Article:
• Select Match Protocol and Port Ranges for the Select Type of Traffic to Match field.
    • Select TCP for the Protocol field.
    • Click Add item under List of Port Ranges, and then enter a port range.
    • Click the Add Item button at the bottom to save the ingress rule, and then click Apply to complete the ingress rules configuration.

ingress rule
Figure: Network Policy Ingress Rule

  • Click Configure under Egress Rules in the Connections To Policy Endpoints section.
  • Click Add Item to add an egress rule to the Egress Rules list, and enter the following configuration:
    • Set a name for the Rule Name field and select Deny for the Action field. This example configures a deny rule for Google DNS query traffic.
    • Select IPv4 Prefix List for the Select Other Endpoint field and enter 8.8.4.4/32 for the IPv4 Prefix List field.
    • Select Match Application Traffic for the Select Type of Traffic to Match field.
    • Select DNS for the Application Protocols field.
    • Click the Add Item button at the bottom to save the egress rule.

egress rule
Figure: Network Policy Egress Rule

  • Click Add item and configure another rule of type allow for the endpoint prefix 8.8.8.8/32. This is another Google DNS endpoint prefix.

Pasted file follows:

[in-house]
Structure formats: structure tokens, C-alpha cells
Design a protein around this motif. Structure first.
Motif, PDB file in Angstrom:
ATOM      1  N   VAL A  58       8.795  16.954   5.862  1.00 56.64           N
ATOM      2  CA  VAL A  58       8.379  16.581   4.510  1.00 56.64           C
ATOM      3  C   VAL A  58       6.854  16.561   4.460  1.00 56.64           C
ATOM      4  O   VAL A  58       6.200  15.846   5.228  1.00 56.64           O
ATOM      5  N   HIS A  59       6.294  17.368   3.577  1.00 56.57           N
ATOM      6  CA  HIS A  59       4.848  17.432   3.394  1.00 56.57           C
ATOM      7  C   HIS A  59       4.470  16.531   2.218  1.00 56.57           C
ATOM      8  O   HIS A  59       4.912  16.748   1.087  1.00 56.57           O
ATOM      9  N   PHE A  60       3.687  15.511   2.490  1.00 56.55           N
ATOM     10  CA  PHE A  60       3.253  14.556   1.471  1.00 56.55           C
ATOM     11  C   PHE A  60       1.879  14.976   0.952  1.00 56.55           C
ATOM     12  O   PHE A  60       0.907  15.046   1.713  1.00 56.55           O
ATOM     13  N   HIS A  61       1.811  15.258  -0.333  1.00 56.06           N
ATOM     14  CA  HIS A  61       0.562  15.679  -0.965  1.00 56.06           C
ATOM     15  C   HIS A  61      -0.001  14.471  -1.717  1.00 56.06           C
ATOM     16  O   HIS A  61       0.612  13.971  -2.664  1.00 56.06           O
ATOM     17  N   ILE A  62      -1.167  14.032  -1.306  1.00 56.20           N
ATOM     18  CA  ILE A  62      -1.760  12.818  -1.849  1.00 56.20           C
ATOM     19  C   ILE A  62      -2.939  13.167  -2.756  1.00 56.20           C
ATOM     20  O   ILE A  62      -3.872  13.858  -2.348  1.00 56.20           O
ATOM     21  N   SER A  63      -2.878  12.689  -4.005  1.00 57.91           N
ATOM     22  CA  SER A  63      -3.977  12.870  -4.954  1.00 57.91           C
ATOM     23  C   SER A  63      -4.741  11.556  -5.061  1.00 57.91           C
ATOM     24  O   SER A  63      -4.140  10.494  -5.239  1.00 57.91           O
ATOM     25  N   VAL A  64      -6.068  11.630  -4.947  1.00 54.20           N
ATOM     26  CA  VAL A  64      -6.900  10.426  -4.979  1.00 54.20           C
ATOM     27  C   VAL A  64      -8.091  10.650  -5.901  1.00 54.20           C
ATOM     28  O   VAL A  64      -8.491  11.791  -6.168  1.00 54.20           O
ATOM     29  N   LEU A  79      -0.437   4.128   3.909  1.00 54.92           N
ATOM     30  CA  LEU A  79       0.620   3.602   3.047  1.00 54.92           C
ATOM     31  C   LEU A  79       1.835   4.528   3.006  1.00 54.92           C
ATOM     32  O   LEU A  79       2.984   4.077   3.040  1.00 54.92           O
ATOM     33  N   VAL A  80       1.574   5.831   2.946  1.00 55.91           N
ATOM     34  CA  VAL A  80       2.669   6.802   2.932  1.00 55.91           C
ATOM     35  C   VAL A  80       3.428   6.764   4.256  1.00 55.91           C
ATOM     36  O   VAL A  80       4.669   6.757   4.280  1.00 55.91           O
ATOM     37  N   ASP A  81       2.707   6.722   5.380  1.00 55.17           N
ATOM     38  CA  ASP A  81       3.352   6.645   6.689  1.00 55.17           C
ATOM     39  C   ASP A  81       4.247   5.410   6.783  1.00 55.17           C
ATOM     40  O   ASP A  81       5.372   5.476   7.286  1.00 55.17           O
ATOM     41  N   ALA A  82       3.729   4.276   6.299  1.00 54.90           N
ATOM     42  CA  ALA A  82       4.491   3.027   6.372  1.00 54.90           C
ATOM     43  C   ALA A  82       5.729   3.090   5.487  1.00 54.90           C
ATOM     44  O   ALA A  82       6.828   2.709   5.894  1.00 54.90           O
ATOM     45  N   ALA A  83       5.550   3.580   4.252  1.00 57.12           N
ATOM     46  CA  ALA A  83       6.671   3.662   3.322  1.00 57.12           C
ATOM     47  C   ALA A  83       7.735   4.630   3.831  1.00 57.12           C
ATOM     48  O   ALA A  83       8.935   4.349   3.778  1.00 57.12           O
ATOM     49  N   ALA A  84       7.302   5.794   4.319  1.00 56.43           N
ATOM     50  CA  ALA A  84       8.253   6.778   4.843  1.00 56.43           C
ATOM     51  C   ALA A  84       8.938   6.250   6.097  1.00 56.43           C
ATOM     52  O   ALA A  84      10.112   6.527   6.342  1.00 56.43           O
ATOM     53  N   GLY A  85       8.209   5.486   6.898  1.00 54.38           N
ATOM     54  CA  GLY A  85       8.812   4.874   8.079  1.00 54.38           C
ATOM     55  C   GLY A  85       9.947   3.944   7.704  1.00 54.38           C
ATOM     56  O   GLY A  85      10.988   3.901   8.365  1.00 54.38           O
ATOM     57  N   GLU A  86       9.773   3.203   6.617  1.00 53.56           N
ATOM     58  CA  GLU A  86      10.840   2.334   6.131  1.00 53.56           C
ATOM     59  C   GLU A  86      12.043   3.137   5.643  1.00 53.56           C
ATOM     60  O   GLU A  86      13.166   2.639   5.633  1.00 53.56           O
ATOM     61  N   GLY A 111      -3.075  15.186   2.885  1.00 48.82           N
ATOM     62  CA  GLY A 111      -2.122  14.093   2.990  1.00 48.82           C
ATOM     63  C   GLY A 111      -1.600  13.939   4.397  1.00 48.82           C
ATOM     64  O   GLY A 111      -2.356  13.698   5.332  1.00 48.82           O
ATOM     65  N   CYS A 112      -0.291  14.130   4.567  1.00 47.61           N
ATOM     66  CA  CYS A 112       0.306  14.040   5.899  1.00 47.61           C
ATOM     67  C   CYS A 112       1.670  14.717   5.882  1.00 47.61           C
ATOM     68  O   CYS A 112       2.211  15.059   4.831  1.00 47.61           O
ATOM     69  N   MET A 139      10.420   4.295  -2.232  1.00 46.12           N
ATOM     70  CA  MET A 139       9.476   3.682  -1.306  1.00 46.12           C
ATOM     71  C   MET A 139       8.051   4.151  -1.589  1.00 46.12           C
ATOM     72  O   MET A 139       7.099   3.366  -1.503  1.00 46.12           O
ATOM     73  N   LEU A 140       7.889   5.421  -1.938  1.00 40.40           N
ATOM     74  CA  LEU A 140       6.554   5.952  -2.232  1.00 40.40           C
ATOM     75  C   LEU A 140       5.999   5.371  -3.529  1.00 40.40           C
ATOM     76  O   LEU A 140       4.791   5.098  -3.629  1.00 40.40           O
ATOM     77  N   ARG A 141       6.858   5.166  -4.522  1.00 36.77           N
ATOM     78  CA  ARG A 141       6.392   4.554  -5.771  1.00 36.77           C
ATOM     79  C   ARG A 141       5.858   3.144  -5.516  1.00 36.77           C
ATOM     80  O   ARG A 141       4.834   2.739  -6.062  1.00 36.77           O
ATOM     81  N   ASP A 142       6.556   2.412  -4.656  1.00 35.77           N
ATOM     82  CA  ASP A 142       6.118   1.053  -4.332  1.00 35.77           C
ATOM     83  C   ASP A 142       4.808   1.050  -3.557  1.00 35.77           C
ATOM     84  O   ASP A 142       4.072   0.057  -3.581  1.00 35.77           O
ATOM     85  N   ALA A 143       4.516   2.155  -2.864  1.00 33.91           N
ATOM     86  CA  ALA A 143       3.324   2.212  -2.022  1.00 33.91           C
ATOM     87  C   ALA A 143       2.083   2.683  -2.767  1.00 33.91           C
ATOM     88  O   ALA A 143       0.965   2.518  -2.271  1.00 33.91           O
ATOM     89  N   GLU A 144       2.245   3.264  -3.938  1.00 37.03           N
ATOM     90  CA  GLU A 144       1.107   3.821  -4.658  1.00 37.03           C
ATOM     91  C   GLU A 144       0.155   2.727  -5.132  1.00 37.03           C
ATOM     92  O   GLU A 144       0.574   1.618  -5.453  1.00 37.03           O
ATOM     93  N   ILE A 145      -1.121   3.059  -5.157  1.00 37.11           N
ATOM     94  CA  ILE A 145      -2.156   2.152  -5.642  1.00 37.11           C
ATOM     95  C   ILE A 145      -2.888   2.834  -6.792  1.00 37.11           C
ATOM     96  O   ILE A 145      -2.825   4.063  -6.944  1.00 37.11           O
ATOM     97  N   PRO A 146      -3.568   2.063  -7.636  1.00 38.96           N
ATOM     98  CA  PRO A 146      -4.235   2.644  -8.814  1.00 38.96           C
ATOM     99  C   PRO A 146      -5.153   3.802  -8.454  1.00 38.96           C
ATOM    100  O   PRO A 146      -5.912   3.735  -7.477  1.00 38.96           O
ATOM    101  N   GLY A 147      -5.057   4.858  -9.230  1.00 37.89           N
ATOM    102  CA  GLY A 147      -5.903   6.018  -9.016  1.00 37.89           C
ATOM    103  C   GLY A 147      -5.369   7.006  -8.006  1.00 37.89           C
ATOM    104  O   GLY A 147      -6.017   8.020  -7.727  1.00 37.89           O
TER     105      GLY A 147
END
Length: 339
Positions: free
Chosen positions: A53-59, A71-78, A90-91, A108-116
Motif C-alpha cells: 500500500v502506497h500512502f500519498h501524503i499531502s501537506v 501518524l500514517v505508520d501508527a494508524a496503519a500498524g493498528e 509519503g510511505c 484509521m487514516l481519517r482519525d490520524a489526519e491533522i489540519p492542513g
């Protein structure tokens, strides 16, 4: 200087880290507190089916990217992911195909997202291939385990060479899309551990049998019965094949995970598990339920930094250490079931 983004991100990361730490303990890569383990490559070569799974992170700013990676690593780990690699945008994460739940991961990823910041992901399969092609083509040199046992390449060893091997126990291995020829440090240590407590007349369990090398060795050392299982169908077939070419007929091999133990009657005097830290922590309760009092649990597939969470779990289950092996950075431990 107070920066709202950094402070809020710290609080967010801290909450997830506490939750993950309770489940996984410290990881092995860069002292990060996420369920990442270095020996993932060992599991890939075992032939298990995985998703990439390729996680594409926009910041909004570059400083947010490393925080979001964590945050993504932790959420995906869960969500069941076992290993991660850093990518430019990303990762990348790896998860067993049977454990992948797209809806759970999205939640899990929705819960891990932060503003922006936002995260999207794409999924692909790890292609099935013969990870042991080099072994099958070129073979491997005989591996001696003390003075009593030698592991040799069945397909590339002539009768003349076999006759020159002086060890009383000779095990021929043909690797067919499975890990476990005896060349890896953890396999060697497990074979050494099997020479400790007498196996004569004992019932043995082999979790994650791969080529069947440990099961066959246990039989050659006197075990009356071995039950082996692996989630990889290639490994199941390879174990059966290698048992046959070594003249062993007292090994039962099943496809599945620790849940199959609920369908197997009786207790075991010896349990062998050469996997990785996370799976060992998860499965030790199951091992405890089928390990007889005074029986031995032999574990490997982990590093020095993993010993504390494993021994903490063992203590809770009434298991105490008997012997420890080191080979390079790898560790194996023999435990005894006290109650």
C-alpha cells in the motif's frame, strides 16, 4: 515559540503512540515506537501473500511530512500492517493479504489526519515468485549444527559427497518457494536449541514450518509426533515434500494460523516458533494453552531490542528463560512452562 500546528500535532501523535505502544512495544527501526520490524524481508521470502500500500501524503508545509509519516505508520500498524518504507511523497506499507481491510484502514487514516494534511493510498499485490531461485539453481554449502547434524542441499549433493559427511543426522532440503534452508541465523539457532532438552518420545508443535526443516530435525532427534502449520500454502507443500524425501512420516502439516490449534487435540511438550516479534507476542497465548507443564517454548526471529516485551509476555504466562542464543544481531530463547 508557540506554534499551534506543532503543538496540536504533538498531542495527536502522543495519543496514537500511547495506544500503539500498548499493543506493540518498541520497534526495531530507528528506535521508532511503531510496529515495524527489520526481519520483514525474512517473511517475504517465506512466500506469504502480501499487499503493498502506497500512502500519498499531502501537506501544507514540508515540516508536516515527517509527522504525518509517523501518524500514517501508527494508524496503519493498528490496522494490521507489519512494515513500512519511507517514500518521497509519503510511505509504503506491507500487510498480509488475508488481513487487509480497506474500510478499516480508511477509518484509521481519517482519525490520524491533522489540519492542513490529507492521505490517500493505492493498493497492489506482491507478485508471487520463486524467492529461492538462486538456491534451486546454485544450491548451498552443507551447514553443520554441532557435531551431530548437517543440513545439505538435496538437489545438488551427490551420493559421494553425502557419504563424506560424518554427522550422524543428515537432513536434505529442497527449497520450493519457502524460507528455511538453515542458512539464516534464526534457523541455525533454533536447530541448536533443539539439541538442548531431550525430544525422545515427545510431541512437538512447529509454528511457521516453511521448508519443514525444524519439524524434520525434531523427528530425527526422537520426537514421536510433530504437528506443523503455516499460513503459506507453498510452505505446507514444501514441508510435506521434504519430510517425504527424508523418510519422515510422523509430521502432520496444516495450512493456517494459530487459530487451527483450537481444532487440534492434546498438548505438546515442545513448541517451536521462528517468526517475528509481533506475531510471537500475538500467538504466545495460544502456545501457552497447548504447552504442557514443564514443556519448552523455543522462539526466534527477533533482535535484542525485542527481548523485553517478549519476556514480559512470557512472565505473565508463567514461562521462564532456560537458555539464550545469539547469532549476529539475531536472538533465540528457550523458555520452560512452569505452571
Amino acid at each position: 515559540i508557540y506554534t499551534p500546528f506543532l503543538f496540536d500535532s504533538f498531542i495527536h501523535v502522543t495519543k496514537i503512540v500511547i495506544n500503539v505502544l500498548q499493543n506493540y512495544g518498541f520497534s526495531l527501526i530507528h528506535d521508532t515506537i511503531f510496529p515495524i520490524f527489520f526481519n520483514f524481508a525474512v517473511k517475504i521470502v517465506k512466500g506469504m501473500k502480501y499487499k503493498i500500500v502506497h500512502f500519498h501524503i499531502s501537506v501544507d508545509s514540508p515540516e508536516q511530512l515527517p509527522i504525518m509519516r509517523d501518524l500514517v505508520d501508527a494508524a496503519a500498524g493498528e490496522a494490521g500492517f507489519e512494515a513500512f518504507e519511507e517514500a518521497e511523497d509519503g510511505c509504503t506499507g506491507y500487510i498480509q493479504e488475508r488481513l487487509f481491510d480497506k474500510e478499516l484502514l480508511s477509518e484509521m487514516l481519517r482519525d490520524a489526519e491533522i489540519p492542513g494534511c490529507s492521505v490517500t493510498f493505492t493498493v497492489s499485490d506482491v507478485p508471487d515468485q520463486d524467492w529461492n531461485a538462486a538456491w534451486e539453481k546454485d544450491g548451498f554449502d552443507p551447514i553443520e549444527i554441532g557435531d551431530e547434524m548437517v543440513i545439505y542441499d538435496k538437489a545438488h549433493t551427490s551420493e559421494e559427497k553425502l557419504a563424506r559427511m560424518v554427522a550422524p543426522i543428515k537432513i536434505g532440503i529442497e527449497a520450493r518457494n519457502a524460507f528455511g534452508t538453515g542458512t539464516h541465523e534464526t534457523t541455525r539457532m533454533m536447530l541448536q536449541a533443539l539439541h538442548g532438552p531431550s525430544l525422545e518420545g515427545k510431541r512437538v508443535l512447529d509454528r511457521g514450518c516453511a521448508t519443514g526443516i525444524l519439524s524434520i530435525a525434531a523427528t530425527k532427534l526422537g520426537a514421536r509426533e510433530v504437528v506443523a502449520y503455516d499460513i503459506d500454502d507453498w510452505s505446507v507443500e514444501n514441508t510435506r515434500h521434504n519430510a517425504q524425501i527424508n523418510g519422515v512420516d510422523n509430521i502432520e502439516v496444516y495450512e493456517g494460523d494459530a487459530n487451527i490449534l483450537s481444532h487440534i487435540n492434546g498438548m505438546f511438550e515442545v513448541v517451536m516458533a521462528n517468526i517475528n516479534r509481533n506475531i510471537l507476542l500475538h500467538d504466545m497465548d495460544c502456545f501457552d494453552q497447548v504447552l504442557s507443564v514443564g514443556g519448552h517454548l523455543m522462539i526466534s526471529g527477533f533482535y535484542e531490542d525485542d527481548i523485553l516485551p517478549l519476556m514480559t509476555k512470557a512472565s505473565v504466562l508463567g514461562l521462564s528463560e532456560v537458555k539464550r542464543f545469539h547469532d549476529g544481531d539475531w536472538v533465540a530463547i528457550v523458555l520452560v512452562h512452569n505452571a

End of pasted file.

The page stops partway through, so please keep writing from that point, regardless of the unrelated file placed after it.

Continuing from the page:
• Select Match Application Traffic for the Select Type of Traffic to Match field.
    • Select DNS for the Application Protocols field.
    • Click the Add Item button at the bottom to save the egress rule.
  • Click Add item and configure another rule with Allow action to allow rest of all egress TCP traffic. Click the Add Item button at the bottom to save the egress rule.

egress rule list
Figure: Network Policy Egress Rule

  • Click Apply.

  • Click Continue to apply the network policy configuration.

Step 1.4.4: Configure the site forward proxy policy.
  • Select Enable Forward Proxy and Mange Policies for the Manage Forward Proxy Policy field. Click on the Select forward proxy policy field and select Create new forward proxy policy. Enter the configuration using the following guidelines:

    • Enter a name and select All Proxies on Site for the Select Forward Proxy field.
    • Select Allowed connections for the Select Policy Rules section.
    • Click Add Item under the TLS Domains field. Select Exact Value from the drop-down list of the Enter Domain field and enter gitlab.com for the Exact Value field. Click Add item to add this domain to the TLS Domains list. Repeat this step for each of
    • Repeat the step above for github.com.
    • Repeat the step again for each of the following domains with the Suffix Value type.
      • gcr.io
      • storage.googleapis.com
      • docker.io
      • docker.com
      • amazonaws.com

tls doms
Figure: TLS Domains

Note: The Allowed connections option allows the configured TLS domains and HTTP URLs. Everything else is denied.

  • Click Continue to apply the forward proxy policy configuration.
Step 1.4.5: Configure static route for the inside interface towards the EKS CIDR.
  • Enable Show Advanced Fields in the Advanced Options section.
  • Select Manage Static Routes for the Manage Static Routes for Inside Network field, and then click Add Item to add a route to the List of Static Routes.